There is no denying the current adverse business climate in general, and how it affects those that have a large part of their business dependent on foreign exchange, like operators in the power sector do. But in seeking tariffs review, there should be no loose ends in complying with relevant provisions mandated by the EPSRA 2005 and building a strong case backed by evident, improved supply outputs to forestall market resistance. The market environment should also be such that it cannot be exploited for arbitrary imposition of unfair and unjustifiable bills.
In their defence, the Discos are quick to refer to the NERC template on estimated billing but many think the template is nebulous and unfair. There is need to investigate where the unfairness lies, whether in the parameters of the template or its application, or whether there is need for more public awareness if nothing is wrong anywhere.
Another area where power politics should be leveraged is in the decentralization of the grid. The Minister of Power, Works and Housing, while on the saddle as Lagos State Governor, had advanced a position a few years back on the merits of decentralizing the electricity grid. With his influence as a key member of the current administration, and armed with the merits of such a move, it will be good to see something done in this direction in the lifetime of this administration. It is comforting to know that the technical viability of grid decentralization is already being explored according to the roadmap given by the minister earlier in the year.
Still on the issue of power grid, there are aspects of the framework where intervention has been duly vested in the NERC, to wit, regulation and administration of licenced undertaking both for generation and distribution. The EPSRA Act 2005 provides for licensing for power generation capacities exceeding 1MW, including captive plants. Sub-megawatt power generation requires no licence. On the other hand, a distribution undertaking within 100kW requires no licensing, and above that limit a licence is mandatory.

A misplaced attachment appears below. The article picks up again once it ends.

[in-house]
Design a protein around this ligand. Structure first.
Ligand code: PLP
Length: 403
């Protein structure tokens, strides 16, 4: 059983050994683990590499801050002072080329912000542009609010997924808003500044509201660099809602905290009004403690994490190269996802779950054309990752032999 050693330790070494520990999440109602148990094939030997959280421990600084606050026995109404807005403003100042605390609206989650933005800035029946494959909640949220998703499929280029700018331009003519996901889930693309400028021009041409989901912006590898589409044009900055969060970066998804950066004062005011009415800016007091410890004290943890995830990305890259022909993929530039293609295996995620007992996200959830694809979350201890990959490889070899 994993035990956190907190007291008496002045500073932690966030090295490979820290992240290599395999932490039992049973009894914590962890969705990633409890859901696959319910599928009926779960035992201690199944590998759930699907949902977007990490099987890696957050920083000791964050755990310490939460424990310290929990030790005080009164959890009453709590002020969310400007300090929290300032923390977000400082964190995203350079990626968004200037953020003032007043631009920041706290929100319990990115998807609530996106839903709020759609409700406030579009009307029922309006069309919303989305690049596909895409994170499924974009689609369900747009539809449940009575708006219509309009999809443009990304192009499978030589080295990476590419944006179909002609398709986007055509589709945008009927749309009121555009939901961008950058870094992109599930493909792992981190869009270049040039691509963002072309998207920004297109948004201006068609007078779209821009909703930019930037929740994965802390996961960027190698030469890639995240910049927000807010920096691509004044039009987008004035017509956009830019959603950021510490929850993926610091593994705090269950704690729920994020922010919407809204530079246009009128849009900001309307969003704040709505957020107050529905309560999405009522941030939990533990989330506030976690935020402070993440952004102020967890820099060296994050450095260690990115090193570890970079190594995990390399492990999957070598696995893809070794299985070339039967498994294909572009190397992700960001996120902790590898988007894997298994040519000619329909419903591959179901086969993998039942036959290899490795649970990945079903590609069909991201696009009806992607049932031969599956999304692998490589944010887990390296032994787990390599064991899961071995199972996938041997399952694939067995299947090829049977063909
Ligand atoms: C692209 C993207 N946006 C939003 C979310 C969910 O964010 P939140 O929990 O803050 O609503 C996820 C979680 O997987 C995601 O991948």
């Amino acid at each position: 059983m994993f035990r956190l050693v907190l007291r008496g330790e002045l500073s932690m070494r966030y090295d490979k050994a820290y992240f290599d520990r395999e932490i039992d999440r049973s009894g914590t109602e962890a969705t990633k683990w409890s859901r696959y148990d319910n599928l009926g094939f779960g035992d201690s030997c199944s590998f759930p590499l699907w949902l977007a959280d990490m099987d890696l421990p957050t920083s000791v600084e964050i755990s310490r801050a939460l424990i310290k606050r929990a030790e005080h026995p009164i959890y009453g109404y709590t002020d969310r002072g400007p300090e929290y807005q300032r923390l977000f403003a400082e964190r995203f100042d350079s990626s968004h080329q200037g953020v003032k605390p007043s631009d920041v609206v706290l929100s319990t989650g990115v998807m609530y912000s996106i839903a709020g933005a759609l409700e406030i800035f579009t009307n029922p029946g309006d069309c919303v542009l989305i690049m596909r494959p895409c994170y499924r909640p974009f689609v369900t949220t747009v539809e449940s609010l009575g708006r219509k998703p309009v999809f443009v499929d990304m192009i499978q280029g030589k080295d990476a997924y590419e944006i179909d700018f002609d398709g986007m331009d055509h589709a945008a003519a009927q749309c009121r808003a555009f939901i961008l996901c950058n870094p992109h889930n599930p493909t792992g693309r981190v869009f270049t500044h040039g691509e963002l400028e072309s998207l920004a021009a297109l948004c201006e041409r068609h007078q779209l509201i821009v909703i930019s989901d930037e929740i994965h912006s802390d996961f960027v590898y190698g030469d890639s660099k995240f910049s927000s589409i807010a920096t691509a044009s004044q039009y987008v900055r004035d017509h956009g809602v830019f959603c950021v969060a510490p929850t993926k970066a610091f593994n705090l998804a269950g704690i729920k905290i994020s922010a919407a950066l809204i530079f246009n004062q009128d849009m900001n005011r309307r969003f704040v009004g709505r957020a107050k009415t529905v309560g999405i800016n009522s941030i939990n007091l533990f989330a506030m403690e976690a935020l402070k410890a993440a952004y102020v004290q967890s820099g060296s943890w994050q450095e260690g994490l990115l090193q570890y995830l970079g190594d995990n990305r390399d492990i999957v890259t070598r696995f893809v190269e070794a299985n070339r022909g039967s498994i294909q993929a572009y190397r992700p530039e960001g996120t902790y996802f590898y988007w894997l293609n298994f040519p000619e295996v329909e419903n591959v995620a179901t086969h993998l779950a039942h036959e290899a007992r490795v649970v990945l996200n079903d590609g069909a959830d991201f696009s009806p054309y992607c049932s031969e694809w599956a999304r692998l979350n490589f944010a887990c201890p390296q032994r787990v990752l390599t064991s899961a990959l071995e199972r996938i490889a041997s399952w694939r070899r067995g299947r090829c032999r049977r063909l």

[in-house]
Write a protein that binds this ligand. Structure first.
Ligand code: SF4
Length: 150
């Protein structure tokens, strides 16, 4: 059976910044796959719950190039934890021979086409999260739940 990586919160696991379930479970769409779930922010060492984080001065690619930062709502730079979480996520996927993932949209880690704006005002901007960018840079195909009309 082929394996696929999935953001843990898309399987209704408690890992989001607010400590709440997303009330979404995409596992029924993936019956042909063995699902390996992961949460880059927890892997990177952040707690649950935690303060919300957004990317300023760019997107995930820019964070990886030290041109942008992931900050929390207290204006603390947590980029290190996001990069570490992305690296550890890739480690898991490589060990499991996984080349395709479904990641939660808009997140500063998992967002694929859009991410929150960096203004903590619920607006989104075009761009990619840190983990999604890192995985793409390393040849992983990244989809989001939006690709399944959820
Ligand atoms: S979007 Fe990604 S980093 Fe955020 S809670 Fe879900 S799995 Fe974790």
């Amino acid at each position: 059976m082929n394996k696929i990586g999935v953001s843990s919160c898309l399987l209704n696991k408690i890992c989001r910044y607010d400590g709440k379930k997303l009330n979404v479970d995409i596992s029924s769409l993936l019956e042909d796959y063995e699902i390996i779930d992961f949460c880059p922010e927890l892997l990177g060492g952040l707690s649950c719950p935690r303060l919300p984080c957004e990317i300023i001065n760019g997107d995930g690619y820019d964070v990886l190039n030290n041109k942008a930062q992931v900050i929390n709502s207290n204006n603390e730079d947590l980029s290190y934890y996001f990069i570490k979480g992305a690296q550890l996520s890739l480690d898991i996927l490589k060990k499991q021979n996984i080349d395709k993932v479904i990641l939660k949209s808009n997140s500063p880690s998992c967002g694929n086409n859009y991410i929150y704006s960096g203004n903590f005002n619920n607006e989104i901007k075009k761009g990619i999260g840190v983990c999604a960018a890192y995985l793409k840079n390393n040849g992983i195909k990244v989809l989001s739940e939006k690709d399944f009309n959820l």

Based on the sense of emergency in the power sector (though officially undeclared), there is need to re-examine whether the 100kW limit for unlicenced distribution undertaking is sufficient in all cases and all places, or whether it should be reviewed based on the practicality of load requirements in some urban locations where neighbourhoods and communities are resorting to self help in pooling resources to organize micro-grid systems. It is unclear whether the licensing bureaucracy can justify a 120kW distribution undertaking for example, or whether the licensing limit is not a dis-incentive to neighbourhood initiatives in view of the perennial grid supply shortage.
There is another aspect that is more social in nature than power politics. It is the aspect of the Disco operations that directly touches the public – I am referring to public safety. It leaves much to be desired seeing that this aspect of the Discos' operations that is well within their control and requires no complicated approach could be left for so long with little visible attention. In many instances, this has remained a clear and present danger. Situations of exposed live parts within reach or in close proximity to public access, or electric poles propped up precariously as disasters waiting to happen, are deplorable. Even when penalties or compensations are prescribed in the event of fatality traceable to a Disco's negligence, the sanctity of human lives demands that no effort must be spared as far as humanly possible to assure public safety.
If there is any area where speed can save lives, it is in the quick and professional clean-up of the Discos' physical network so that fatalities arising from avoidable causes like derelict infrastructure bearing live parts can be drastically minimized or made a thing of the past. The NERC should step up their monitoring and enforcement in this area, beyond imposition of penalties and compensations.  
In closing, it is not too early to have an objective appraisal of the progress in the sector post-privatization. This appraisal should cut across board, from the operators to the regulators and those mandated with monitoring (technical compliance and contract performance), and oversight duties. The conditions precedent to the privatization assets sale can be a good place to start. It is important for all parties to assess how they have delivered on their commitments and know the lessons learnt in these three years.